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Future Ruins by Swervedriver (Dangerbird Records)

Future Ruins by Swervedriver (Dangerbird Records)

Future Ruins by Swervedriver (Dangerbird Records)

As far as opening salvos go, the distorted guitar chugs of first track Mary Winter excite the ears and create anticipation for a new collection of tunes from my favorite band. That the physical momentum doesn’t last isn’t necessarily a bad thing, just something for myself and older fans to have to adjust to.

What Swervedriver’s Adam Franklin, Jimmy Hartridge and Steve George do on Future Ruins is take the foot off the gas a bit to better delve into the guitar and vocal interplay that is a big aspect of the band’s sound. Mikey Jones mostly keeps a reserved tempo throughout Future Ruins, letting the guitar fireworks fly, yet adding his own understated flair to the mix.

Singer and guitarist Adam Franklin’s lyrics and arrangements often turn to thoughts of Autumn and Winter, where days get colder and shorter, when activities stay indoors, when contemplation turns inward and one’s own mortality is considered. What keeps Future Ruins from becoming a navel-gazing bore is the joy inherent in that interplay of Franklin and Hartridge’s guitars, swirling and dueling, exchanging leads and filtering through new pedals and effects. Swervedriver have ever been a musician’s band, and they don’t disappoint when it comes to six-string innovation. They also know how to coalesce all the layers into one big moment, as heard on The Lonely Crowd Fades In The Air, where at about 2:30 in, the title and riffs are repeated on and on, the cymbals and guitar parts lifting you higher and higher until you’re in rock’n’roll heaven.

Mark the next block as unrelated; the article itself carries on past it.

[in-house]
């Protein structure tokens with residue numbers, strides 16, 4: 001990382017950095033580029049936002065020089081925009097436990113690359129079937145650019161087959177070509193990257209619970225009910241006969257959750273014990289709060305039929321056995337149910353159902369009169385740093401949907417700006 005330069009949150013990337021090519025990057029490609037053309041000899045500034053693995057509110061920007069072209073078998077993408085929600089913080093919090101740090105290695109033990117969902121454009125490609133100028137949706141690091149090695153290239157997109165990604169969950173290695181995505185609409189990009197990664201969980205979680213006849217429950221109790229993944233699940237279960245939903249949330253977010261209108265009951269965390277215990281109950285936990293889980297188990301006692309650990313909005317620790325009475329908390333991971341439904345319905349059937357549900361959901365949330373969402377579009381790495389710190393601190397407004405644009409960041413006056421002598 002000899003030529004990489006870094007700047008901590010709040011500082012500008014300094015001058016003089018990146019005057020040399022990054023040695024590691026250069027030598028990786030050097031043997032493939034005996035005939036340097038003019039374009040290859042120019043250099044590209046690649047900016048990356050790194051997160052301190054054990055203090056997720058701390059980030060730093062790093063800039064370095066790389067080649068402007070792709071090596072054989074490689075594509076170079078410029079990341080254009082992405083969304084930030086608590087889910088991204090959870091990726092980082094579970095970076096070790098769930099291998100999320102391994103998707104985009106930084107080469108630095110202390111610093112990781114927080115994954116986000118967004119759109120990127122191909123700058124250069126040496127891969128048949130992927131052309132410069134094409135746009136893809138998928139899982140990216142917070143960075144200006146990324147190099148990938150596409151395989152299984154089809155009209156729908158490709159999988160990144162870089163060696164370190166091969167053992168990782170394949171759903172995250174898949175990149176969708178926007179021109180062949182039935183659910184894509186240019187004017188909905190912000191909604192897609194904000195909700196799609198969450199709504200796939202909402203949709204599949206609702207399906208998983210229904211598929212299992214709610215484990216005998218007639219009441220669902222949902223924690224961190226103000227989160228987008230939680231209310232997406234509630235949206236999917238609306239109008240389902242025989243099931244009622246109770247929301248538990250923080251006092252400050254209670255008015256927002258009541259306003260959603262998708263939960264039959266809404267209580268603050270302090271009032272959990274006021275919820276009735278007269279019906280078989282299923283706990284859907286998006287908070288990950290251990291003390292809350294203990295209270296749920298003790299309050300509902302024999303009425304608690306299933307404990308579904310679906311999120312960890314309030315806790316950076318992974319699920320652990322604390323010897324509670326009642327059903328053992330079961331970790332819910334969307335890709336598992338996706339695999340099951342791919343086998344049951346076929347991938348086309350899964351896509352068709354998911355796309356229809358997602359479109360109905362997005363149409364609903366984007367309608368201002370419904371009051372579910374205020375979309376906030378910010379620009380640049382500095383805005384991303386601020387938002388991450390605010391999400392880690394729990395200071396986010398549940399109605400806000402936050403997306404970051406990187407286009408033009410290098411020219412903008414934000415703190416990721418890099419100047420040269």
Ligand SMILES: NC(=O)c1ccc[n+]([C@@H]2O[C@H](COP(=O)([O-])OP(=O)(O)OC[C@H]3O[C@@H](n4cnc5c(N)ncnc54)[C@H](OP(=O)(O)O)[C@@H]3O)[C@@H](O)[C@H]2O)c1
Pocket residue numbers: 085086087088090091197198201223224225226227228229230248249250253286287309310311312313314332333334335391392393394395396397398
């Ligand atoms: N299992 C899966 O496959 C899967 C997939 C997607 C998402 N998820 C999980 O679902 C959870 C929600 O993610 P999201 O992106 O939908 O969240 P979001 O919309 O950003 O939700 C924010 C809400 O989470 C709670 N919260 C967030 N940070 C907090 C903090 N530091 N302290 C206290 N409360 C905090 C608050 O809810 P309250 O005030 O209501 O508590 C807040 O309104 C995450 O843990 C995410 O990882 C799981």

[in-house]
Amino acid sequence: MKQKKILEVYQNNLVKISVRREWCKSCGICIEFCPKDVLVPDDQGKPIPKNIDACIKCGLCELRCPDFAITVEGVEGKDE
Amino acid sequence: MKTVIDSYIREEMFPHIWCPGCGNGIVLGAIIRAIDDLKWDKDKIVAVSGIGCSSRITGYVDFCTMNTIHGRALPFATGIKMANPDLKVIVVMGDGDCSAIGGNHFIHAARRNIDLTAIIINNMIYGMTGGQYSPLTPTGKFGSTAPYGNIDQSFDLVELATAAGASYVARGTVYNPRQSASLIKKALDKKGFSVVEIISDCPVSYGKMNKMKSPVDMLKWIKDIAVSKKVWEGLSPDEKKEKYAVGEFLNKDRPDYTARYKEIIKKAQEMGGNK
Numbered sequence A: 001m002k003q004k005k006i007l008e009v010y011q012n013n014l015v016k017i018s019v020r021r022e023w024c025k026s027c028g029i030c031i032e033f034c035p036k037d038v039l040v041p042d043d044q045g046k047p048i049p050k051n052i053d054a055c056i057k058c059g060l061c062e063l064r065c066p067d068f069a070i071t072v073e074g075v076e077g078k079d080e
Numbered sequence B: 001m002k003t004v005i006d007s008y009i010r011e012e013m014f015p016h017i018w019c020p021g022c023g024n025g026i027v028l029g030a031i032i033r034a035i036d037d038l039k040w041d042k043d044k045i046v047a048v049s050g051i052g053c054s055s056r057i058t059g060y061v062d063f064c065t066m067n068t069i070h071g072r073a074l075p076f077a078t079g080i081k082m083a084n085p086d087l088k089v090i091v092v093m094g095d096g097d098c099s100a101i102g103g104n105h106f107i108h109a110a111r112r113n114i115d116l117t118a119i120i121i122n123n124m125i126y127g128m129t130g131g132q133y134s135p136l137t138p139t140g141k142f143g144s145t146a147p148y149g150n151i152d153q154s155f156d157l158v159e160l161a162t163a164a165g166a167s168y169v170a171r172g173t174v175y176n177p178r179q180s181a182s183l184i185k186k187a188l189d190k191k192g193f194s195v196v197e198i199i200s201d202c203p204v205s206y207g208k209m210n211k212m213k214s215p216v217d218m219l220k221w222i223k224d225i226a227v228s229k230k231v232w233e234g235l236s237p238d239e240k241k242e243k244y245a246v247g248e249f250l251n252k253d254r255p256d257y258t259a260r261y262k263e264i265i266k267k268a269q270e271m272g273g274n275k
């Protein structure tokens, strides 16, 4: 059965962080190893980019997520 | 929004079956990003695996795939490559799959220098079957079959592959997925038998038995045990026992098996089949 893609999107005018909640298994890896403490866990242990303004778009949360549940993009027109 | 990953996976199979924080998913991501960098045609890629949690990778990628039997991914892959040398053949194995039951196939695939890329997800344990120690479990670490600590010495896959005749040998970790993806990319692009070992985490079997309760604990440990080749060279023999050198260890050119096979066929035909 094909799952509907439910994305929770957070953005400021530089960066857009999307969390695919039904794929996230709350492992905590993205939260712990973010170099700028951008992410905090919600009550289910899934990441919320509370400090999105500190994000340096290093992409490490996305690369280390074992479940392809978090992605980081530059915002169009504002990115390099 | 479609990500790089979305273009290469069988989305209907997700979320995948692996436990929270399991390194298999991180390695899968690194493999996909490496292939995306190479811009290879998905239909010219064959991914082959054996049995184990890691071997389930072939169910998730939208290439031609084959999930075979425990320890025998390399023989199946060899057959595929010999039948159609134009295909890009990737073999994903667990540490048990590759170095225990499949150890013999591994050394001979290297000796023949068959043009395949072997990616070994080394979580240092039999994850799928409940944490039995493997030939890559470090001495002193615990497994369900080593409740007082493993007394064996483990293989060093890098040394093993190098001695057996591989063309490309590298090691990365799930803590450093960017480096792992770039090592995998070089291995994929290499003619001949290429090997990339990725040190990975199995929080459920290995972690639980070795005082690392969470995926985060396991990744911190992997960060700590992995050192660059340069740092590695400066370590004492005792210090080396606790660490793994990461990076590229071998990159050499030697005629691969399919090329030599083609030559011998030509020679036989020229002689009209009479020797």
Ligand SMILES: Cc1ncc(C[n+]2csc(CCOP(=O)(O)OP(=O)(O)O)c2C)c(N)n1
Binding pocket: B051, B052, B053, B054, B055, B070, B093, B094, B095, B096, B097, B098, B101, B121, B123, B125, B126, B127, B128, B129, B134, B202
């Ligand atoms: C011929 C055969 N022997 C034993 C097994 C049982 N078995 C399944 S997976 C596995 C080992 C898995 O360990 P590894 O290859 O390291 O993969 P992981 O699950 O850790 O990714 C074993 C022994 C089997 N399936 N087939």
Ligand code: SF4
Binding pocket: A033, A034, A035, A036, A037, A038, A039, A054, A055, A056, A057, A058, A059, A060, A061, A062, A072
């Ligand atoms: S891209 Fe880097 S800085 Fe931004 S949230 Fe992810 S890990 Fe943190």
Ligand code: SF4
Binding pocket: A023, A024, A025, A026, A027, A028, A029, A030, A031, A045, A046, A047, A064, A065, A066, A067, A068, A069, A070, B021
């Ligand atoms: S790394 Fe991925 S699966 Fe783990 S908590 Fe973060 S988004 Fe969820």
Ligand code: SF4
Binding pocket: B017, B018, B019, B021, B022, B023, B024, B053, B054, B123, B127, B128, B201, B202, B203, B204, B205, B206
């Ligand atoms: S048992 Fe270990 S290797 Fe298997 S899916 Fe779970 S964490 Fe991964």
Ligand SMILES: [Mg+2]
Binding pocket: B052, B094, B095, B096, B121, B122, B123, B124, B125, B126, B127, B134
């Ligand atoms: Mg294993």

The title track builds slowly on Franklin’s pretty, melancholic vocals, a spare beat, spacey effects and scratchy blues guitar, a tambourine shook in the background. It’s all sad and lovely, with a loud plateau three quarters of the way in to shake you up.

Theeascending is a solid mid-tempo number with a comforting blanket of fluffy vocals and chiming guitars and short jabs of spacey and harder guitars to jar you back to reality, ending in a groovy jam that is classic Swervedriver.

On Spiked Flower, Jones’ hard-hitting drums are higher in the mix, the guitars chugging along until they break out into a loose dance that is a joy to hear.

Golden Remedy sounds like a fever dream, a woozy mind-trip where your body leaves the ground, floats into the universe and you dissipate into the cosmos.

Good Times Are So Hard To Follow references another song in the lyrical approach but after repeated listens the effect settles into being another grooving song with plenty of ideas expressed in the rhythm and guitar parts.

What Swervedriver really excel at is building a mood, and Future Ruins ends on a big, bold feeling of elation in the form of Radio-Silent. Recalling yet sounding nothing like Never Learn, the long instrumental coda to Mezcal Head and second part of Never Lose That Feeling, Radio-Silent layers on Steve George’s thrumming bass, Hartridge and Franklin’s guitar lines duck and dive into the mix and Jones’ drum hits are mesmerizing. As the many introduced parts pile onto each other, the volume rises, the soul soars and catharsis is achieved.

On Future Ruins, Swervedriver continue to explore the depths of their instruments and psyches and prove that the journey is more important than the speed you drive to get to the destination.

See Swervedriver on tour this Spring with Failure and No Win.

(Review by Bret Miller)

Swervedriver Official Home Page

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